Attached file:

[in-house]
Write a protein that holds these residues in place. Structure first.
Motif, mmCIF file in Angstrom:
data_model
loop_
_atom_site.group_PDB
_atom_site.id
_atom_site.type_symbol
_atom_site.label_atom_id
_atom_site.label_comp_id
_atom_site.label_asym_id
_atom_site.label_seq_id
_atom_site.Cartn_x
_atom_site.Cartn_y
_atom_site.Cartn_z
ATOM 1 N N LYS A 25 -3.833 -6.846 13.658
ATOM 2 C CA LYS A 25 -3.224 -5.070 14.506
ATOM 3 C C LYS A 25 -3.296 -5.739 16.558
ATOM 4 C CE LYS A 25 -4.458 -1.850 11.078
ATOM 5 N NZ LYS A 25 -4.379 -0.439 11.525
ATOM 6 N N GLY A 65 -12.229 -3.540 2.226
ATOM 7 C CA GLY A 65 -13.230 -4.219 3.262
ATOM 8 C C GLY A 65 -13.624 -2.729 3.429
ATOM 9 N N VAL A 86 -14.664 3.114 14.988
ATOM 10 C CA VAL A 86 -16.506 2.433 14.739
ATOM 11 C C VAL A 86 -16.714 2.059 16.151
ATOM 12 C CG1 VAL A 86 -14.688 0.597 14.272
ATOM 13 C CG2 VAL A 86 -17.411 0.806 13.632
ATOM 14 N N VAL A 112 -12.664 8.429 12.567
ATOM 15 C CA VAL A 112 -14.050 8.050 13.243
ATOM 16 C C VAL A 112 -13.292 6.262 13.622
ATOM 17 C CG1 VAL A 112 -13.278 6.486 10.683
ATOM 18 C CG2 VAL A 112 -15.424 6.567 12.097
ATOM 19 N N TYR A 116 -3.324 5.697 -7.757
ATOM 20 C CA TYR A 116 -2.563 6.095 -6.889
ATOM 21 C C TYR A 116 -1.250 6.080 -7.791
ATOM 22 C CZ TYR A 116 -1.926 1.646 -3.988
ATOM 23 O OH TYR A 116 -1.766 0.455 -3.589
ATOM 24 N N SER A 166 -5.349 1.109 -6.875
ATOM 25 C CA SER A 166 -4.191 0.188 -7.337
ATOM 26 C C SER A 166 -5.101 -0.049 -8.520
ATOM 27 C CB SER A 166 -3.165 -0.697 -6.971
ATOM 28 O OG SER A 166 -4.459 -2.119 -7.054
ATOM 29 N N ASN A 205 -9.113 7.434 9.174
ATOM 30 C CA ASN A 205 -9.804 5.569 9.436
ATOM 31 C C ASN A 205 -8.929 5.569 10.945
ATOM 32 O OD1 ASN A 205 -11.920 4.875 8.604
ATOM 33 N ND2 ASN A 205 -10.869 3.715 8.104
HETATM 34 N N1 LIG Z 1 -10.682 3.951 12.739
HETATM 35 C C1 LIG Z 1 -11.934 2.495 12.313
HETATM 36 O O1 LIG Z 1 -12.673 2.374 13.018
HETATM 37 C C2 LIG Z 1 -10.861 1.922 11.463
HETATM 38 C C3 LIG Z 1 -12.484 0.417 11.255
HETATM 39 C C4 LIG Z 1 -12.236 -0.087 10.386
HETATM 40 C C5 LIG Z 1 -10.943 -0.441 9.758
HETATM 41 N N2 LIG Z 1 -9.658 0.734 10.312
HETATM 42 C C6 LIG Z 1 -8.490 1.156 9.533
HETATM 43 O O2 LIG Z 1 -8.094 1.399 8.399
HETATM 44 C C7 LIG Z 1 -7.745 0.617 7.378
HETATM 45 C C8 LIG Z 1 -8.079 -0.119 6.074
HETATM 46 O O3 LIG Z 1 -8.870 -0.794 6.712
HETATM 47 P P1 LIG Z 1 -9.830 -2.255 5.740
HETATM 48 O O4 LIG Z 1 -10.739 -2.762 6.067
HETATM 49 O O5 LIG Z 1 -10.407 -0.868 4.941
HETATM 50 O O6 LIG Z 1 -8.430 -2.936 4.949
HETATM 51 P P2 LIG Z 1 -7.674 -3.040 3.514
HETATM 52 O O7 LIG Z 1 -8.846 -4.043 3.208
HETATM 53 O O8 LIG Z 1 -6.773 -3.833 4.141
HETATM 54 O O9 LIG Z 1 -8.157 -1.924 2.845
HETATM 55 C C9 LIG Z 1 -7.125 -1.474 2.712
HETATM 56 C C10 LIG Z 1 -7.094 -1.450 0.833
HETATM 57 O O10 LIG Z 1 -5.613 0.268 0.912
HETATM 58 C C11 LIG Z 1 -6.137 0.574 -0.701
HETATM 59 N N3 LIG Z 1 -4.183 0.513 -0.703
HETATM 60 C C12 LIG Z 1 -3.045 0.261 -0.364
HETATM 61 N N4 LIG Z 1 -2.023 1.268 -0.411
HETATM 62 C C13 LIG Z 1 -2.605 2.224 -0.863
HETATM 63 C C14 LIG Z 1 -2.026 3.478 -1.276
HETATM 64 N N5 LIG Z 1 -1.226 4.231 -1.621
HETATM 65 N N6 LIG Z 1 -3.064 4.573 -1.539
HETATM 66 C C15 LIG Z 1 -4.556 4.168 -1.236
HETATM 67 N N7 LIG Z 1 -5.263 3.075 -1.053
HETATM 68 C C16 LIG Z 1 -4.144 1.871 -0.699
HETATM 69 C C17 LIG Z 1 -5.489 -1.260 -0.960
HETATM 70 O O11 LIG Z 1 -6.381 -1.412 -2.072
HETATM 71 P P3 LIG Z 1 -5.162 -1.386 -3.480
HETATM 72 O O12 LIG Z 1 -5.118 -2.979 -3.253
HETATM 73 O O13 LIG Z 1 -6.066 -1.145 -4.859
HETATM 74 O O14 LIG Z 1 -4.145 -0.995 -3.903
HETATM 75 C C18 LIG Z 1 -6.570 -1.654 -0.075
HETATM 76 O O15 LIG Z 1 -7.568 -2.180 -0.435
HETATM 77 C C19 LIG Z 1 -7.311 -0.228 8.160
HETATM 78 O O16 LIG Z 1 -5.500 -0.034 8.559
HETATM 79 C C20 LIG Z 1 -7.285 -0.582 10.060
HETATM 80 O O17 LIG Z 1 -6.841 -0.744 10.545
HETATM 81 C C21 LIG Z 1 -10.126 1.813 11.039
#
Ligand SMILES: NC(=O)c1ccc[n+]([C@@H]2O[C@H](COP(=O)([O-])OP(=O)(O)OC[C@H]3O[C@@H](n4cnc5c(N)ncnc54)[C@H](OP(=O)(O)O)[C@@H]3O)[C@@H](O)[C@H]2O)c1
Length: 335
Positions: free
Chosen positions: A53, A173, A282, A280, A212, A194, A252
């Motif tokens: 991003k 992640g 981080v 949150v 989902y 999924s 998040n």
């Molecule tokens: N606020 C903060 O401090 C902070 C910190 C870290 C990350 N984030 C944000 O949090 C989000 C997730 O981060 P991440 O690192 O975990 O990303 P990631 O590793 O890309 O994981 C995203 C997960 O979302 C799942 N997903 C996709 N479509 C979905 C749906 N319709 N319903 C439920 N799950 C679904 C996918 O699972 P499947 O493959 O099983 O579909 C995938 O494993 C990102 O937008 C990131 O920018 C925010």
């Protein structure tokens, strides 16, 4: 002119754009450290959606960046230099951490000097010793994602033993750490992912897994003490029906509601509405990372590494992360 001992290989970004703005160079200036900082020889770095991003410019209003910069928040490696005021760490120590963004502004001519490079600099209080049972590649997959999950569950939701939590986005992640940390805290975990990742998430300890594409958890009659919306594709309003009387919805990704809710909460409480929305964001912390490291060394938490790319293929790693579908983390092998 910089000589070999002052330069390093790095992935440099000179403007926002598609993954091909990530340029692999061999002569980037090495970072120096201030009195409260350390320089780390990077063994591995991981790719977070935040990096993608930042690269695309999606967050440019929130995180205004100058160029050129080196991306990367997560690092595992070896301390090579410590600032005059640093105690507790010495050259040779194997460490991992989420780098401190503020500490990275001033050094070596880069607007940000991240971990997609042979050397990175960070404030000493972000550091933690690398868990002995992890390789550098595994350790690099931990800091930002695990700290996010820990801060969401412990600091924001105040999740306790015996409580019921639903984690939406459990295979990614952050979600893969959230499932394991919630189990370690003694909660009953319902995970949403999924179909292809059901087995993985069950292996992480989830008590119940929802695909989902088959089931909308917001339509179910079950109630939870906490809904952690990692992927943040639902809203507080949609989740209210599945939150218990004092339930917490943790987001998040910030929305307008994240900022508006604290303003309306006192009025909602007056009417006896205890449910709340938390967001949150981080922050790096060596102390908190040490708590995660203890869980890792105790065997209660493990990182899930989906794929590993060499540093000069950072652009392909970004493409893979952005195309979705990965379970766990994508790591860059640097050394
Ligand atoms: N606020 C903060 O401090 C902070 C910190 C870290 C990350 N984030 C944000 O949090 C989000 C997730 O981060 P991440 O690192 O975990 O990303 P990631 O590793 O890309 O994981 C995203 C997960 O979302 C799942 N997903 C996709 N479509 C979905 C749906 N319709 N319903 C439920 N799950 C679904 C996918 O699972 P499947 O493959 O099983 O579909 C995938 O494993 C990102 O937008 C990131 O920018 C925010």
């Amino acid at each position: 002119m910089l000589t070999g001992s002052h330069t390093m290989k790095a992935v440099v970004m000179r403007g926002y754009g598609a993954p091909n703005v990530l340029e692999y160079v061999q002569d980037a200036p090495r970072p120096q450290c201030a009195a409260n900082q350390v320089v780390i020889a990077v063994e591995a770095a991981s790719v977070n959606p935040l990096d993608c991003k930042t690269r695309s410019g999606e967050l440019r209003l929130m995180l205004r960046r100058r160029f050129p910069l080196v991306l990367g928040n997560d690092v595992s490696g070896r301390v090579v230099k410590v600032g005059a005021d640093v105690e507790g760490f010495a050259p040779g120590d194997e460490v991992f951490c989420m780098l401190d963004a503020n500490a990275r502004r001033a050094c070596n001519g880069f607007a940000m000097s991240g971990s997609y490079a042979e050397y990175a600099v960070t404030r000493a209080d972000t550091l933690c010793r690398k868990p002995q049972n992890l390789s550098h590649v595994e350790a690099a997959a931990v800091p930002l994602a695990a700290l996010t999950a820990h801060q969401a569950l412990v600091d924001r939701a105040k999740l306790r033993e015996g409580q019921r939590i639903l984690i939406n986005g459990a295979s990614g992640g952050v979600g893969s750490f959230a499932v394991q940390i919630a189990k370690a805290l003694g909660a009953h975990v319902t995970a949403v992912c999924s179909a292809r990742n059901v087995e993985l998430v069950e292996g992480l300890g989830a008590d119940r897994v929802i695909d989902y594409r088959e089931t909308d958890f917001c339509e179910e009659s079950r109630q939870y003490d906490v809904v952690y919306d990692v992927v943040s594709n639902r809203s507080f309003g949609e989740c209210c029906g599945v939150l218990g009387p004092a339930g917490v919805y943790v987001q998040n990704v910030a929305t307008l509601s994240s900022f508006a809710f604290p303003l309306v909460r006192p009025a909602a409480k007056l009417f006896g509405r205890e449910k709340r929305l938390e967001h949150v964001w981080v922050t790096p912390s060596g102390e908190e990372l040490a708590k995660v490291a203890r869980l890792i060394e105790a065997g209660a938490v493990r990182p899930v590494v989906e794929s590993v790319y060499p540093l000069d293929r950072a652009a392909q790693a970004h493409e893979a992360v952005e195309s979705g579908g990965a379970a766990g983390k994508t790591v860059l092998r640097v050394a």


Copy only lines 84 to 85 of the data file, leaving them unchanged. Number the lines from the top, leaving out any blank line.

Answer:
HETATM 69 C C17 LIG Z 1 -5.489 -1.260 -0.960
HETATM 70 O O11 LIG Z 1 -6.381 -1.412 -2.072